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Common Scoter

Melanitta nigra

Diving Ducks Family

Waterfowl Identification

 
Male Common Scoter
male
Female Common Scoter
female
Similar Waterfowl:
None
Description:
Common scoters are among the most vocal of waterfowl species. Male common scoters are entirely black except for a yellow protuberance on the base of the bill and the gray lower surface of the flight feathers. The legs and feet are dusky and the iris is brown. Female common scoters are dark brown with light whitish cheeks, chin and throat, which contrast with a dark crown. The legs and feet are dusky and the iris is brown.
Typical Size:
The male and female average 19 inches in length and weigh 2 1/2 pounds. They have a wingspan of 32 inches.
Habitat:
Black scoters prefer to nest in large clumps of tundra grass and swamp and pond areas.
Breeding:
In North America, common scoters breed in western and southern Alaska, the Aleutian Islands, and scattered areas in central and eastern Canada, including southern Keewatin, northern Quebec, and Newfoundland. They also are found from southern Yukon and Mackenzie east to Labrador and Newfoundland and lay 8 to 9 eggs.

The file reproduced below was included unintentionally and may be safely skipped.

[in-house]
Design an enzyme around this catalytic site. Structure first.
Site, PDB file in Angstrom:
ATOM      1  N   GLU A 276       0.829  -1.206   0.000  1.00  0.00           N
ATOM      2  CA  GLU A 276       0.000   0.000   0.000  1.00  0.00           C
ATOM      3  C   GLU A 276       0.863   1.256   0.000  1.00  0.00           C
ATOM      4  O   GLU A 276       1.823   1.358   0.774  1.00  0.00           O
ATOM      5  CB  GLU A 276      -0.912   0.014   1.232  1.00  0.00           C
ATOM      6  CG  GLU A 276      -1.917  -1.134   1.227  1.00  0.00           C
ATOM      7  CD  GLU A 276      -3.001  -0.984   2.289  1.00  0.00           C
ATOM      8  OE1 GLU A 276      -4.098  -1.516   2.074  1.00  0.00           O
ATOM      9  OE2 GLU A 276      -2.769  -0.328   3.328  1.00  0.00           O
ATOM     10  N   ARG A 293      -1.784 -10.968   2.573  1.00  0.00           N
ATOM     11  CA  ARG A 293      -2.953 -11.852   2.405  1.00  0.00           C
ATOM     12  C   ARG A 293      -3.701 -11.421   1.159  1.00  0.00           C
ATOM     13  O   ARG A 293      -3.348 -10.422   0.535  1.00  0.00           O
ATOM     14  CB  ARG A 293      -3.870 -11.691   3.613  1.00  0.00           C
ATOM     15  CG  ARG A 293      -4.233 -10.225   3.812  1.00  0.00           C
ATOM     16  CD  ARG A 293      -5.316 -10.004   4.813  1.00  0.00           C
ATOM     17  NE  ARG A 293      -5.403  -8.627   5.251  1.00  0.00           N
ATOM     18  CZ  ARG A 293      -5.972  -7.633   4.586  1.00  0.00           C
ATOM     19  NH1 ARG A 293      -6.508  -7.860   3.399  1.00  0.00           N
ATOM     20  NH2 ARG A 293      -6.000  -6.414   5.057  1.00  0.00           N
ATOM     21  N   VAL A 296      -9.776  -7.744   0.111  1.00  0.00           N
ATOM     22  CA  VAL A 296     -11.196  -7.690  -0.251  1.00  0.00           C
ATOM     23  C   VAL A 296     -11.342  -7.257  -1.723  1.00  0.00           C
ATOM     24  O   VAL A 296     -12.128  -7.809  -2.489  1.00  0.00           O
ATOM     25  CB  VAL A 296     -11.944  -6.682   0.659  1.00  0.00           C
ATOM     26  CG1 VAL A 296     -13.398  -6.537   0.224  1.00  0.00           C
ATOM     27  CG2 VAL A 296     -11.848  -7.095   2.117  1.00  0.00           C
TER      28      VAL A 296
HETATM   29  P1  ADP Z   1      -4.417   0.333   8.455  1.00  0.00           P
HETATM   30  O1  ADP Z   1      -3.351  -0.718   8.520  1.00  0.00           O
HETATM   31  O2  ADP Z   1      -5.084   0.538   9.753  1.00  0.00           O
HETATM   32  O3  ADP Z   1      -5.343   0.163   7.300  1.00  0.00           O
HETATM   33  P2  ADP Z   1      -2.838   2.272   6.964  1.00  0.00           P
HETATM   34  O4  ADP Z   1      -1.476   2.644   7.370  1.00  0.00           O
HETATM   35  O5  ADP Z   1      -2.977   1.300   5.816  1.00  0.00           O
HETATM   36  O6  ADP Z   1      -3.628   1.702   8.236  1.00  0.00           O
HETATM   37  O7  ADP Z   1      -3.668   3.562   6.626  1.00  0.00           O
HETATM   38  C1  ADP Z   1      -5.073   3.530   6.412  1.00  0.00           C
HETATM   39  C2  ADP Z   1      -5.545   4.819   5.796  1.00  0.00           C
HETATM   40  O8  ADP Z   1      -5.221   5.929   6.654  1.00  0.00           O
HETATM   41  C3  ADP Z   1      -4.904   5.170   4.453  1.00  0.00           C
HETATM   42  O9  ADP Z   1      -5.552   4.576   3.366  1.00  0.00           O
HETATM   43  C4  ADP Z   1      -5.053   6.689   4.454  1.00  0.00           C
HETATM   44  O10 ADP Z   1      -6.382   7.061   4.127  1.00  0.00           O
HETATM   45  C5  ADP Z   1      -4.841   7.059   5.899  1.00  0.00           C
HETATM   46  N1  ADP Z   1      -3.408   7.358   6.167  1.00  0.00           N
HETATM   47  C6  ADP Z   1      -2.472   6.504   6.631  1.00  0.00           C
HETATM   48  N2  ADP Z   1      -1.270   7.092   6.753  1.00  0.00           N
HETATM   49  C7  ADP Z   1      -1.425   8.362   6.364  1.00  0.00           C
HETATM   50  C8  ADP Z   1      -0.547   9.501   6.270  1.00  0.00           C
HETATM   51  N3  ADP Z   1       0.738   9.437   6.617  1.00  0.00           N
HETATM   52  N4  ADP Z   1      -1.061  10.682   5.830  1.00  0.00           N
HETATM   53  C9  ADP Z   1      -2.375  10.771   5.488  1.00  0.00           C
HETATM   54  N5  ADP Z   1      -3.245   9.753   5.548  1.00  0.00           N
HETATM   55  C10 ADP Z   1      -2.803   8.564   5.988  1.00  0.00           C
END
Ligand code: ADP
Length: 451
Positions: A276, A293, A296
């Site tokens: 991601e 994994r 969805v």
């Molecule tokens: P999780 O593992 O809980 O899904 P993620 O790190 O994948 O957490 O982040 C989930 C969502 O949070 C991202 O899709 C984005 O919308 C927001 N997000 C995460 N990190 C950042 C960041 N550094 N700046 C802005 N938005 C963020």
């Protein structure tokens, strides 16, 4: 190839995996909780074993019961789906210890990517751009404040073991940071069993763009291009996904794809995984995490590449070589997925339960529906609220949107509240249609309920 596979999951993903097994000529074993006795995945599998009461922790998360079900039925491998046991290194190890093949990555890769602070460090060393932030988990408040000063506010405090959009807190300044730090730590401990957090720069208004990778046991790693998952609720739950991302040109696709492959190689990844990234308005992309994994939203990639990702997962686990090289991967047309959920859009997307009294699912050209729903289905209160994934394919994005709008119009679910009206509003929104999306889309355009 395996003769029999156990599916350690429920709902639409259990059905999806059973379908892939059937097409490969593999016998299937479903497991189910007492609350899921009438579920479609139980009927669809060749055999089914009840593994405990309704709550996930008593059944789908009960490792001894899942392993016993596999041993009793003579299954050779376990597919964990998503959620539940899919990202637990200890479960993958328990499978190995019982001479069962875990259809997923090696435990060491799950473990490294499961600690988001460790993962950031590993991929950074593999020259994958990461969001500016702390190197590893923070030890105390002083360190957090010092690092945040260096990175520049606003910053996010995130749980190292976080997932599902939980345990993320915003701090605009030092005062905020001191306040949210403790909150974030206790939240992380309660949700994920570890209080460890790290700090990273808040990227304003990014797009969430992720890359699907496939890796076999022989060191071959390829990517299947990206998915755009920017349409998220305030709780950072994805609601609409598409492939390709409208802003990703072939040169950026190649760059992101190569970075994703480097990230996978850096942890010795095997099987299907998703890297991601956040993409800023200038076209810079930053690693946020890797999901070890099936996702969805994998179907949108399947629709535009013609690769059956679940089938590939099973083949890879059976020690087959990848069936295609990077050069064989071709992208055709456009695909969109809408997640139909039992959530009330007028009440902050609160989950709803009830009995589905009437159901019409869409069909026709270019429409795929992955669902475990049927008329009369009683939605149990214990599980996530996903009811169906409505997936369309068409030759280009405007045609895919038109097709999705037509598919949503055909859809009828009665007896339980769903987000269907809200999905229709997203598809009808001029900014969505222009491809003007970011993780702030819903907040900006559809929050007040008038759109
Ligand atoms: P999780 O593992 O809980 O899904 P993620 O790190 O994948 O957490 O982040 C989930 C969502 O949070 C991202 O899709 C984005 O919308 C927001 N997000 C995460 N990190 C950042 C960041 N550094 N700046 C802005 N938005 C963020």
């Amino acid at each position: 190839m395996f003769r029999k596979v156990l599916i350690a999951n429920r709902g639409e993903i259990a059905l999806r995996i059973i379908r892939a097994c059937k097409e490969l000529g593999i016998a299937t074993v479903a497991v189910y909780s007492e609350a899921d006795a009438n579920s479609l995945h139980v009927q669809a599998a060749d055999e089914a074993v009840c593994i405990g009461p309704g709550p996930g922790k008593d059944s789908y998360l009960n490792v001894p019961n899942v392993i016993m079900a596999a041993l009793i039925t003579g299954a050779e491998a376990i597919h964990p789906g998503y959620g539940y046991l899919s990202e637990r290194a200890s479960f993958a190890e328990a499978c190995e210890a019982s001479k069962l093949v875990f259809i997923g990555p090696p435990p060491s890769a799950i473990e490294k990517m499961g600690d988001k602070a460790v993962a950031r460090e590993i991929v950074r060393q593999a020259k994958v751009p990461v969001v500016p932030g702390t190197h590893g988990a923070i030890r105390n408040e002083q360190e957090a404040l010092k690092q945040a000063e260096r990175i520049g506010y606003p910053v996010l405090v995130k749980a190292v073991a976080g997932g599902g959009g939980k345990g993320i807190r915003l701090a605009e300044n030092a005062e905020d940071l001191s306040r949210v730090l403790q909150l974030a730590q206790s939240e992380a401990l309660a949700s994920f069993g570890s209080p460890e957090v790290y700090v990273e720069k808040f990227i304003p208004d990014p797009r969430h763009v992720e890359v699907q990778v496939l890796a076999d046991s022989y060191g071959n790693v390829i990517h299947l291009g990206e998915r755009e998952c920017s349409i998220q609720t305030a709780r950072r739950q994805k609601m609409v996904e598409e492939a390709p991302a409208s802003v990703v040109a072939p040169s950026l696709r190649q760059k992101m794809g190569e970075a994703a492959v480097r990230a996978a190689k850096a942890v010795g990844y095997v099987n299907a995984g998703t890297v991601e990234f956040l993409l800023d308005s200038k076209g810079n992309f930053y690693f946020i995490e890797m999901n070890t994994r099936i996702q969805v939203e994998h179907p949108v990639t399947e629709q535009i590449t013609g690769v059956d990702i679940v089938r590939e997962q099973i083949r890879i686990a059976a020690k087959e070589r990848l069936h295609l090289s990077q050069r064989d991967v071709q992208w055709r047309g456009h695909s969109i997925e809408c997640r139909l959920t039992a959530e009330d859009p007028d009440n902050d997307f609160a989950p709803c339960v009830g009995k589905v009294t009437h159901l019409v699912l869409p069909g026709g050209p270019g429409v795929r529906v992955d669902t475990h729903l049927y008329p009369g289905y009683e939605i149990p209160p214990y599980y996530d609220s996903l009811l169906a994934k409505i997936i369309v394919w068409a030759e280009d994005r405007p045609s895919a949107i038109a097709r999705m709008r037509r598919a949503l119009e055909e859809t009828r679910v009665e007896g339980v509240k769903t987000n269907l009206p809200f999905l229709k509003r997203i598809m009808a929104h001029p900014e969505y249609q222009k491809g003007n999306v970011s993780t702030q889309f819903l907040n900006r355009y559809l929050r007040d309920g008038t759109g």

Diet:
Common scoters dive to feed on mollusks, crustaceans, and small fishes found in marine and freshwater habitats. Their diet also includes small amounts of eelgrass, muskgrass, widgeon grass, pondweeds, and algae found in inland habitats.
Migration:
Major wintering areas for common scoters include the Pacific coast from the Pribilof and Aleutian Islands to southern California, the Great Lakes, and the Atlantic coast from Newfoundland to South Carolina.
Flyway Patterns:
The common scoter can be most commonly found along the coastal flyways.
Flight Formation:
Irregular groups or lines. They fly low over water. Flight is strong and swift which causes their wings to whistle in flight. They reach speeds of 60 MPH.
Voice:
The males have a melodious COUR-LEW and the females have a harsh QUACK.

Common Scoter Flight Characteristics

This guide will help you recognize Common Scoter (also called Coots) on the wing - it emphasizes their size, shape, and flight characteristics. When in flight, the drakes appear all black with a flash of the gray under the wing and bright yellow at the base of the upper bill. Like the other Scoters, they primarily feed on mullusks, crabs, and fish.

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